Then, similar to make, you define your commands in a special file: .justfile (there are alternatives).

In the case of just, the syntax looks quite similar to what you have seen from make so far.

# justfile
  buildah bud --build-arg UID=${UID} -t techblog -f .dev/Dockerfile .

The invocation looks quite similar too:

$ just image_podman

Though I probably would choose a more fitting target name instead.

The feature of make to be able to add dependencies is also possible in just. But rather on depending on the state of files in the file system (like a building system like make requires), the dependencies of the command-runner effect other recipes.

You could e.g. extend the image building process by adding a recipe to run the latest image after building it.

# .justfile
  buildah bud --build-arg UID=${UID} -t techblog -f .dev/Dockerfile .

run_techblog: image_podman
  podman run --rm -it localhost/techblog -t techbog

Running now just run_techblog will first build the image again for Podman and then start the image once the building process is completed.


If just does not make anything different than make, why consider it instead?

The examples were showing only the similarities. The differences between make and just are as big/small as you would expect from a building tool versus a command runner. An (incomplete) list:

  1. Remember the phony section in every Makefile to define non-file based targets in make. Basically the feature that always defines a target as out-of-date and often abused for defaults? Well this is already builtin in just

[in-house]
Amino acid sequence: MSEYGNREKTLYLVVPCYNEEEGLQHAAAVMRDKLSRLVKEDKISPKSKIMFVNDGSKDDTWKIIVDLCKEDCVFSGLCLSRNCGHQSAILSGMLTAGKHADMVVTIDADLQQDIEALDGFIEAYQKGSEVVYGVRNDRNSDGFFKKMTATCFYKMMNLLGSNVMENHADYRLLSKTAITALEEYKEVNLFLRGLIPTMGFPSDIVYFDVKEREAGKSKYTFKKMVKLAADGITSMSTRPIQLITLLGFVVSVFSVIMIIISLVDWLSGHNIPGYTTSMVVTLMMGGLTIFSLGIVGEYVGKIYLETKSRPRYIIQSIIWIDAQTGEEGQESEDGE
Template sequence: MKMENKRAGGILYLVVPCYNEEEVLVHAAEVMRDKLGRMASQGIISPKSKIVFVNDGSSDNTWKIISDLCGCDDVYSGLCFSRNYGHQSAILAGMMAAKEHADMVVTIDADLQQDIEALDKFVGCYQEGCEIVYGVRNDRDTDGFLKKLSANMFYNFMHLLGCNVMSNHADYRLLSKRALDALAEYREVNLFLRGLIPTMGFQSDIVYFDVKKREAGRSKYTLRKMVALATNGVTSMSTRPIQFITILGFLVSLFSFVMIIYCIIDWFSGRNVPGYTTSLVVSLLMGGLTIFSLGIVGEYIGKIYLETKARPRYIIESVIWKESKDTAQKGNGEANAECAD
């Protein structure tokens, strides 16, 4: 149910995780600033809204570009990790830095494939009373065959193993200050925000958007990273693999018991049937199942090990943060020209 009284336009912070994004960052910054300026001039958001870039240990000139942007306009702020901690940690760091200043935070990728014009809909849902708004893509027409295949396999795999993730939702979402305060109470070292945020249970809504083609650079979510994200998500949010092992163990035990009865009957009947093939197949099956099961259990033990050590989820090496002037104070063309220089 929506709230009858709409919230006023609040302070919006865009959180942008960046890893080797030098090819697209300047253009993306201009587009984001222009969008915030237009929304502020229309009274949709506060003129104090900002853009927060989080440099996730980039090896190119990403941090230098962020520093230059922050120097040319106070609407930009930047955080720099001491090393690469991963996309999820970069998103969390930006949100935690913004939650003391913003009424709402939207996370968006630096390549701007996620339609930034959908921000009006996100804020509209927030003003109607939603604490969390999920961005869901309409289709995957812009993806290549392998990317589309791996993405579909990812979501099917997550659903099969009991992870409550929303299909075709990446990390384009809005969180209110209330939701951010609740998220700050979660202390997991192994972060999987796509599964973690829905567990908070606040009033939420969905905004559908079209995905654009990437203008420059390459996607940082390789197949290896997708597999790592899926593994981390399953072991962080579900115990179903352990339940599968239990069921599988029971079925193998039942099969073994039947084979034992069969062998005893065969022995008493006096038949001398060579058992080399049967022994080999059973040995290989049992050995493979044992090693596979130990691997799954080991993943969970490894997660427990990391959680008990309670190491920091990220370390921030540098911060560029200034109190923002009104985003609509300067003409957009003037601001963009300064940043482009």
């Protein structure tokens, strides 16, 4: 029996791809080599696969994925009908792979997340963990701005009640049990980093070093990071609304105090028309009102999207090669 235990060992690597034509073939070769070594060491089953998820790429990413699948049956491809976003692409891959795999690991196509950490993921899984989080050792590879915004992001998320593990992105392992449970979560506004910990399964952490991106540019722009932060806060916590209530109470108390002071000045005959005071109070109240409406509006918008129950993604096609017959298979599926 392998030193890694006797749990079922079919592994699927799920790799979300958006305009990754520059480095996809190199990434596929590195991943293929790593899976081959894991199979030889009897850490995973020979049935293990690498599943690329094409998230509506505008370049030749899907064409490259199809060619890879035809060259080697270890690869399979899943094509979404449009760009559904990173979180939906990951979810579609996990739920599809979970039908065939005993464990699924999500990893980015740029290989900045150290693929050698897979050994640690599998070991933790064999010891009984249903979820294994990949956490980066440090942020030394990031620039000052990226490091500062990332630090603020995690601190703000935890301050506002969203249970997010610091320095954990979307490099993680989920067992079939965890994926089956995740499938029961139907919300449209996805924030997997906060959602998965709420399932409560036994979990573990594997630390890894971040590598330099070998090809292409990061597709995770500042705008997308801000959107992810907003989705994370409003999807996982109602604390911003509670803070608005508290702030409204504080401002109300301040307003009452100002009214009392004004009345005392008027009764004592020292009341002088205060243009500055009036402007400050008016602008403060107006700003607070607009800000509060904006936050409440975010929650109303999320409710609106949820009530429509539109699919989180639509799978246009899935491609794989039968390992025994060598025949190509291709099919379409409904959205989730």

# Output all targets
      just --list
  2. Each command in make is treated separately. In order to pass variables from on command as input or parameter into the next line in a recipe, you have to abide certain rules, which make the life harder than necessary. What makes sense in make hinders a command-runner. There it is allowed to not only pass variables, but also define a rule (the commands that make or just run) just as a shell script instead. Including all usual environment variables.

  3. just runs from any sub-directory down the directory path that contains a just-file. While make only search the current directory for its Makefile, just reverses up the directory path until it finds its file. make is a bit more noisy in that case and just flat out refuses to do anything, if it cannot find its Makefile file.


Here is a list of alternatives to just and make, partly copied from the Readme file of just and extended with more entries. There is certainly no shortage on building tools and command runners for every platform.

  • aap: A recipe based tool for building and running commands.
  • cargo-make: A command runner for Rust projects.
  • doit: A Python based command-runner/building-tool.
  • gulp: A Javascript based building framework.
  • haku: A make-like command runner written in Rust.
  • maid: A Markdown-based command runner written in JavaScript.
  • make: The Unix build tool that inspired just. There are a few different modern day descendents of the original make, including FreeBSD Make and GNU Make.
  • makesure: A simple and portable command runner written in AWK and shell.
  • mask: A Markdown-based command runner written in Rust.
  • microsoft/just: A JavaScript-based command runner written in JavaScript.
  • mmake: A wrapper around make with a number of improvements, including remote includes.
  • rake: A Make-like program implemented in Ruby.
  • robo: A YAML-based command runner written in Go.
  • scons: Cross-platform software construction tool.
  • snakemake: Data-analysis tool that can be used like a command-runner.
  • task: A YAML-based command runner written in Go.
  • tup: A cross-platform file-based build system.
  • waf: A building system.

I did not see any killer-feature (yet), that would let me recommend one tool over the other. But you see a lot of them flying around in the FOSS world and it certainly cannot hurt to get acquainted.

Daniel Buøy-Vehn

Senior Systems Consultant at Redpill Linpro

Daniel works with automation in the realm of Ansible, AWX, Tower, Terraform and Puppet. He rolls out mainly to our customer in Norway to assist them with the integration and automation projects.